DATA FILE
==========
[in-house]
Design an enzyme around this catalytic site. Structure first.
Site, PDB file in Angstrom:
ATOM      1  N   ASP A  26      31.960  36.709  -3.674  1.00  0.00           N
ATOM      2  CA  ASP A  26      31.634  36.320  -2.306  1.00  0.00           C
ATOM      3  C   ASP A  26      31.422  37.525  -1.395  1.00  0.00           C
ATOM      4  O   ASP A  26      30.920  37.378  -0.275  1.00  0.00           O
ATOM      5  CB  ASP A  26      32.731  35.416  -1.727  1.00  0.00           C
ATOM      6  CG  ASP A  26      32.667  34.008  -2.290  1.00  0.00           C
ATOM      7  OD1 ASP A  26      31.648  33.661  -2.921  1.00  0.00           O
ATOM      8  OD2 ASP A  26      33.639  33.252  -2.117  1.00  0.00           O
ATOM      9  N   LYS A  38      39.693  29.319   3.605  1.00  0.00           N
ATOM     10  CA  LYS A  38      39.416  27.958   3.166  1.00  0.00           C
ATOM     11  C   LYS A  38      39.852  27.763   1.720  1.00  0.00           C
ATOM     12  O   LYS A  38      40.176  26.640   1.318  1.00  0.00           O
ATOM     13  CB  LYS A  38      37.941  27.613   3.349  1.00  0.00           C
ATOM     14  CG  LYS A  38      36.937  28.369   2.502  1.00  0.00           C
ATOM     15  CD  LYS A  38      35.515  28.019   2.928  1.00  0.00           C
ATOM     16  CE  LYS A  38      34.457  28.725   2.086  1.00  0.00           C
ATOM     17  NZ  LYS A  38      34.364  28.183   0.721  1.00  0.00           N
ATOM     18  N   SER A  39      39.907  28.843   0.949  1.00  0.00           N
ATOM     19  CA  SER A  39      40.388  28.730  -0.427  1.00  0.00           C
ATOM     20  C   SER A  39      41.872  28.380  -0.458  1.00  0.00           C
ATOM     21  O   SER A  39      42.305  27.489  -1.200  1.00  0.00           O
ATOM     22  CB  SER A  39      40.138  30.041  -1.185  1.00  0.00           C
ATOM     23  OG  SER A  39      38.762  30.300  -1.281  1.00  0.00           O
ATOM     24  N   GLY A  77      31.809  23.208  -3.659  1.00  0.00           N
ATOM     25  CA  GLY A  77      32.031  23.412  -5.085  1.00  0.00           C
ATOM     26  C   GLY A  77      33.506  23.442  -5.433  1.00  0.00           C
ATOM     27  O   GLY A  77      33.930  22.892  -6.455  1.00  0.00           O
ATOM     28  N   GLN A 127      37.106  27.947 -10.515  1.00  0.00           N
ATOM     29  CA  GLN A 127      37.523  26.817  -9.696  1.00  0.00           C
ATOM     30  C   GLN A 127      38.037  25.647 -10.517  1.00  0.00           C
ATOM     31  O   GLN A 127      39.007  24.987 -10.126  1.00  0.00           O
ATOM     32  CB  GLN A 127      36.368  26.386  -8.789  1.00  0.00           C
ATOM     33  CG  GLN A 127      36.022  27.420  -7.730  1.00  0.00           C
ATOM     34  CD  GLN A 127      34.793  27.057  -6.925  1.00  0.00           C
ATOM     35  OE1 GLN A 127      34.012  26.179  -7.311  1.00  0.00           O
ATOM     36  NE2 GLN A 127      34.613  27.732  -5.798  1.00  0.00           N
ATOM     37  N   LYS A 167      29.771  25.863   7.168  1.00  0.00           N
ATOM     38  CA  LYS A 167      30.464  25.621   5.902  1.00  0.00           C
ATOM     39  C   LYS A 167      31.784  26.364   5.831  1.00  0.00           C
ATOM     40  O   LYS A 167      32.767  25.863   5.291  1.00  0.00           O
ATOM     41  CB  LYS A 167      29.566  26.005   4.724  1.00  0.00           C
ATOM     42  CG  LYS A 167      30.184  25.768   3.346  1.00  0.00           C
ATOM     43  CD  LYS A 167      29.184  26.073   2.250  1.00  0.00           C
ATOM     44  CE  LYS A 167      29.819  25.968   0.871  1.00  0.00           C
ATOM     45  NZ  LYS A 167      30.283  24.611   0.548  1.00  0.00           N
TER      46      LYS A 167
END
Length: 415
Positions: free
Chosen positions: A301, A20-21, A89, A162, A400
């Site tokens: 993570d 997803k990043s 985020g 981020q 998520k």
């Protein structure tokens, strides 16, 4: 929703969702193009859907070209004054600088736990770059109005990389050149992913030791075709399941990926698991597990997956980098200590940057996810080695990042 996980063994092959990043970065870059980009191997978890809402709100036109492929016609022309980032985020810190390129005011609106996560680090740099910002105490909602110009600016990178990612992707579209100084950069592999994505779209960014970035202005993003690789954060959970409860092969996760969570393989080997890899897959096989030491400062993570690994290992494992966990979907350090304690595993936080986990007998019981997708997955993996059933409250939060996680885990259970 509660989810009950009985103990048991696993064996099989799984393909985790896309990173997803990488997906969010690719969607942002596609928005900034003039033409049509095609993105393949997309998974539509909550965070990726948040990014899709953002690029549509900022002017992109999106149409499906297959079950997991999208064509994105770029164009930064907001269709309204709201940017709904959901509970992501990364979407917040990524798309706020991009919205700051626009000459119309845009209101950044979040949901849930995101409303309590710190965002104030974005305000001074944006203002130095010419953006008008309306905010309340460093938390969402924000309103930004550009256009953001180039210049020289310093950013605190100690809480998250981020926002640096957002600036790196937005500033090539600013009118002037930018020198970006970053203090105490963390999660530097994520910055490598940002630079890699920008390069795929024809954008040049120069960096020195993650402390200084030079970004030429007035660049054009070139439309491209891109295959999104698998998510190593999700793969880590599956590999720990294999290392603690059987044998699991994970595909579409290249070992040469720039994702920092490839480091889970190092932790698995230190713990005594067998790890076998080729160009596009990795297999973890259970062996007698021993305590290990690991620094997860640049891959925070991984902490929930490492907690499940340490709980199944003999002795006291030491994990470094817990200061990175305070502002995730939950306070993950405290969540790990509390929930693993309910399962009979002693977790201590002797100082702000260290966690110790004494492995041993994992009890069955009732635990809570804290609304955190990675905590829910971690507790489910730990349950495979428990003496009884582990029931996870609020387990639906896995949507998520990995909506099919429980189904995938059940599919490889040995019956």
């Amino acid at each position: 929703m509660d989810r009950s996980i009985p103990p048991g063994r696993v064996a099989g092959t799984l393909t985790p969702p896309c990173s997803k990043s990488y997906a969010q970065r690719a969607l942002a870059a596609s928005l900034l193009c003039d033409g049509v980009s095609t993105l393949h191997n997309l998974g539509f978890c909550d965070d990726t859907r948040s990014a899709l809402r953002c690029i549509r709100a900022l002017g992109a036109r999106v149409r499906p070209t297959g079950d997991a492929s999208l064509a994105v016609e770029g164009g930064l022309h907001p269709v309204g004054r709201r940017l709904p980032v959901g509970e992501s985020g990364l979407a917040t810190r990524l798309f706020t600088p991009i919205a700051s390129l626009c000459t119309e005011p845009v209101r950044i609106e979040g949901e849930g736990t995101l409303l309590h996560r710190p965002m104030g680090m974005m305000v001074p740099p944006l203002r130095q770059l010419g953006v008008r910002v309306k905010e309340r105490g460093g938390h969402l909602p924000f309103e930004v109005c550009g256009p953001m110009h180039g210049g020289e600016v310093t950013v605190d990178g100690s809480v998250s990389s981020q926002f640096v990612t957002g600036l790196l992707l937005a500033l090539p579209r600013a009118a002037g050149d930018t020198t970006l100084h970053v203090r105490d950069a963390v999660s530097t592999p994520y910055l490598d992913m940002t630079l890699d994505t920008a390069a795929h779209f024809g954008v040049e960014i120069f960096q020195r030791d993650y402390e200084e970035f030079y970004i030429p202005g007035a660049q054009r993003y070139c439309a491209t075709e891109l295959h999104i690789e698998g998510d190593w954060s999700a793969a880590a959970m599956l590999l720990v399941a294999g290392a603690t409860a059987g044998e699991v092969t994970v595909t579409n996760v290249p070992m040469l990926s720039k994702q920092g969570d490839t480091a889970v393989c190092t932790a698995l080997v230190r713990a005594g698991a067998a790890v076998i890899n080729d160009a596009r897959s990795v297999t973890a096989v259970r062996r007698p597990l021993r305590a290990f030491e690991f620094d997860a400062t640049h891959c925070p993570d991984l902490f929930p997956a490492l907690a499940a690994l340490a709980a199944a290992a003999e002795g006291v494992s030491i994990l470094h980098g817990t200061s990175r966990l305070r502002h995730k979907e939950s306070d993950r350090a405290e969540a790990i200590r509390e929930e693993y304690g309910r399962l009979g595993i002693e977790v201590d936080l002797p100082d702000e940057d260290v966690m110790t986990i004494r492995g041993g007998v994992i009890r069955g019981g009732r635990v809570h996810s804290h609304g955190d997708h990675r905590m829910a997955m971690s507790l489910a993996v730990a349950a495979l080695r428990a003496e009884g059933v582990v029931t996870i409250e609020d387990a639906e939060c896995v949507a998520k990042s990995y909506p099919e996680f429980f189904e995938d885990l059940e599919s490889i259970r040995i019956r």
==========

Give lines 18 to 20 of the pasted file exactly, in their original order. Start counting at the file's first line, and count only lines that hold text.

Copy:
ATOM     15  CD  LYS A  38      35.515  28.019   2.928  1.00  0.00           C
ATOM     16  CE  LYS A  38      34.457  28.725   2.086  1.00  0.00           C
ATOM     17  NZ  LYS A  38      34.364  28.183   0.721  1.00  0.00           N